·        Zion Society – City on the Hill (no separation of Church and State)  Many examples of “communal societies” in America.  Signers of the Mayflower Compact abandoned their original economic system, in which property was held in common and all persons worked for the community.  He explained that by spring 1623, fewer than three years after the colony’s founding, communal labor and property holding had been found to “breed much confusion and discontent and retard much employment that would have been to the colonists’ benefit and comfort.” 

·        John Winthrop:  “A Modell of Christian Charitie” – Likening his people to a new Israel, he called upon them to build a “citty upon a hill” that would show the Lord’s way to the “eies of all People.”  And people in Europe were interested in the experiment.  Winthrop’s call was for a hierarchical social order.  That was God’s desire.  But all within that order should be “knit more nearly together in the Bond of brotherly affeccion.”  (Oneida Community, Shakers, Mormons, “Hippies” of the 1960s and 70s)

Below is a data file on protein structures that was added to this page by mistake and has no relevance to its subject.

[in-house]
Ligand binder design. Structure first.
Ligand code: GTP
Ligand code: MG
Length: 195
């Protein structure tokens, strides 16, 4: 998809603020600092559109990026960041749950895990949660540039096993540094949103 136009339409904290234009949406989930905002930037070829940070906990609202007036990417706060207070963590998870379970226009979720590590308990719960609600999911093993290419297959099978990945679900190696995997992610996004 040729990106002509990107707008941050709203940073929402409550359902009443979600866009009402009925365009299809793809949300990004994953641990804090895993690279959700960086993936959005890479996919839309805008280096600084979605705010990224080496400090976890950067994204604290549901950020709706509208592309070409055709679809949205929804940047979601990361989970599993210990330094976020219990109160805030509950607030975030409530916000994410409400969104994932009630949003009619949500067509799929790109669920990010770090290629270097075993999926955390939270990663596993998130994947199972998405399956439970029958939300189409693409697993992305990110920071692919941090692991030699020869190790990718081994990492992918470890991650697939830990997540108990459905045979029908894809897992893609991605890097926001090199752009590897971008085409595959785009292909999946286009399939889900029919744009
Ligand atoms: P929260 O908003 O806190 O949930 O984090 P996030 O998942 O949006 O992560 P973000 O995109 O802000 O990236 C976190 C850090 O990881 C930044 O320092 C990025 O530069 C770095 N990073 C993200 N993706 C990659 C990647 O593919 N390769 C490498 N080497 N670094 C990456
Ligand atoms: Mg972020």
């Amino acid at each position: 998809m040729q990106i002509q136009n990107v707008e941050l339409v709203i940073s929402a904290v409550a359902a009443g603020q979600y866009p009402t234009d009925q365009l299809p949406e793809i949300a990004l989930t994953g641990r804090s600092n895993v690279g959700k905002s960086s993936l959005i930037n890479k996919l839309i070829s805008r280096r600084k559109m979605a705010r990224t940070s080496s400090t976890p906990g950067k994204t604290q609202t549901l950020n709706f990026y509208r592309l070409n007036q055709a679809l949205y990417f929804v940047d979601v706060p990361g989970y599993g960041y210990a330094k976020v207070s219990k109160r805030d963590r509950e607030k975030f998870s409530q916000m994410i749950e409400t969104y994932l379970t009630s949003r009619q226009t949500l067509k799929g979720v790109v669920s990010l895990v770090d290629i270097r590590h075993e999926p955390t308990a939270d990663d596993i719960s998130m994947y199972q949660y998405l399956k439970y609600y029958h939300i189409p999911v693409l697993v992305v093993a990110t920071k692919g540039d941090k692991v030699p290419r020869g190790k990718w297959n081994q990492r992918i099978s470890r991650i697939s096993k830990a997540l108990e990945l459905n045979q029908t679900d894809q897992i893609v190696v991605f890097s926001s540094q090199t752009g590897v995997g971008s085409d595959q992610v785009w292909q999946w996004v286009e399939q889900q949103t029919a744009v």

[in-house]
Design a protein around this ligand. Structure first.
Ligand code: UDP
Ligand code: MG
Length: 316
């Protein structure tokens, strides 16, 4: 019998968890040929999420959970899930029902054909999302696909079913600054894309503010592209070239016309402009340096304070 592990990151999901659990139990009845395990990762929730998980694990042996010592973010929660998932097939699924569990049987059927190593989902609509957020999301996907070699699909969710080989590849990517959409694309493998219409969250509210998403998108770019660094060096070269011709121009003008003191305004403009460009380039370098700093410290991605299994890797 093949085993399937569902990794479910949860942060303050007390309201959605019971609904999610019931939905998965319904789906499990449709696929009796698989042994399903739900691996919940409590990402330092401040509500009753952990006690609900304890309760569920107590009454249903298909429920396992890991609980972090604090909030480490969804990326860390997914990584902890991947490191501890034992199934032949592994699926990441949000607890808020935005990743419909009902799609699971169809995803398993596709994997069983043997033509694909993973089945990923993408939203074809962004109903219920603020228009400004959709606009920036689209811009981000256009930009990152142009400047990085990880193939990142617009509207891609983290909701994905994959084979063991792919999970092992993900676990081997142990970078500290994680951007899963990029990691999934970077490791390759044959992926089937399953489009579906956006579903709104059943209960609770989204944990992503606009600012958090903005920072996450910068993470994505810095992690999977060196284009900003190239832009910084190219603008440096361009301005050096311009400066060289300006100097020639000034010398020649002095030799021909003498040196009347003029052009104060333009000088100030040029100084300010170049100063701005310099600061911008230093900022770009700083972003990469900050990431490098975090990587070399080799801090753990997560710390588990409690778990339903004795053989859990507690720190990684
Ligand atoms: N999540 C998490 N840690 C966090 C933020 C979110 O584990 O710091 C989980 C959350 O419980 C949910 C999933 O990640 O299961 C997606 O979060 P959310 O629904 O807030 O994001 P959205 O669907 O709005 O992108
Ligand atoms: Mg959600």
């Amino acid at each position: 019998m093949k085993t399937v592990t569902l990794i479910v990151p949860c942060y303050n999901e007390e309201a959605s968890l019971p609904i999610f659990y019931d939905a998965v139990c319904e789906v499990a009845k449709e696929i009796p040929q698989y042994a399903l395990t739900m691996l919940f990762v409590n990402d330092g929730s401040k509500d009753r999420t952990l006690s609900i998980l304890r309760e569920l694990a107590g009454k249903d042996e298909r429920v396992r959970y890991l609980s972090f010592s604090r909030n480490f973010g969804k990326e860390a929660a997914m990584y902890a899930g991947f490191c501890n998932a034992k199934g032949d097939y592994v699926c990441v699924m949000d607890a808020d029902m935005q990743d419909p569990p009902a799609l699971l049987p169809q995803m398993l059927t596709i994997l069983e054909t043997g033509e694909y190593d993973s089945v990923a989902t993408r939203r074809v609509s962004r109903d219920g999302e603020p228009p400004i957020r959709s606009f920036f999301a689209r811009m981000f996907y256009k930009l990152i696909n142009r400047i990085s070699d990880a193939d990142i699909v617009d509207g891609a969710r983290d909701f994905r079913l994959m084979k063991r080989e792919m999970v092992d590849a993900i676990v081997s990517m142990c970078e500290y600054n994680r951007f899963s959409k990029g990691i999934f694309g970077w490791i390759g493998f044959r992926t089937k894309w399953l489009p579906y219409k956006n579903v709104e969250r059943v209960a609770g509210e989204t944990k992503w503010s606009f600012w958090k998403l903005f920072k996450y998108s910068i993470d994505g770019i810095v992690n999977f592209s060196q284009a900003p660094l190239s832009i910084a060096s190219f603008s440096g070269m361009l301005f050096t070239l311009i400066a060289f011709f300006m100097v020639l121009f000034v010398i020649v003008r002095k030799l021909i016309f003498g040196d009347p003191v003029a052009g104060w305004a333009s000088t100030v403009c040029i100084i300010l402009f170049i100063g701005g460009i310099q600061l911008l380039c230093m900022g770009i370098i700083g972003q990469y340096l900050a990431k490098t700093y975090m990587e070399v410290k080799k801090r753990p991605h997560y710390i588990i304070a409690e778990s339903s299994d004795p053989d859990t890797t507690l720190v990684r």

·        Jonathon Edwards

·        We are wealthy because someone else is poor!  It is a myth that anyone can grow up to become President of the United States.

·        Issue of slavery

·        Issue of property rights

·        Natural World (wilderness) versus the world of human endeavor.  Nature, according to the myth, is “other” and inferior to humans; land, rivers, minerals, plants, and animals are simply material made available for our use.  And because our transformation of nature leads to “civilization” that use is ultimately justified.

·        Nature is a spiritual resource and refuge from civilization (Emerson and Thoreau)

·        “In the woods, we return to reason and faith.  Standing on the bare ground, -- my head bathed by the blithe air, and uplifted into infinite space…I am part or particle of God.” – Emerson in “Nature” (1836)

·        Walden by Thoreau – “Our village life would stagnate if it were not for the unexplored forests and meadows which surround it.  We need the tonic of wildness.”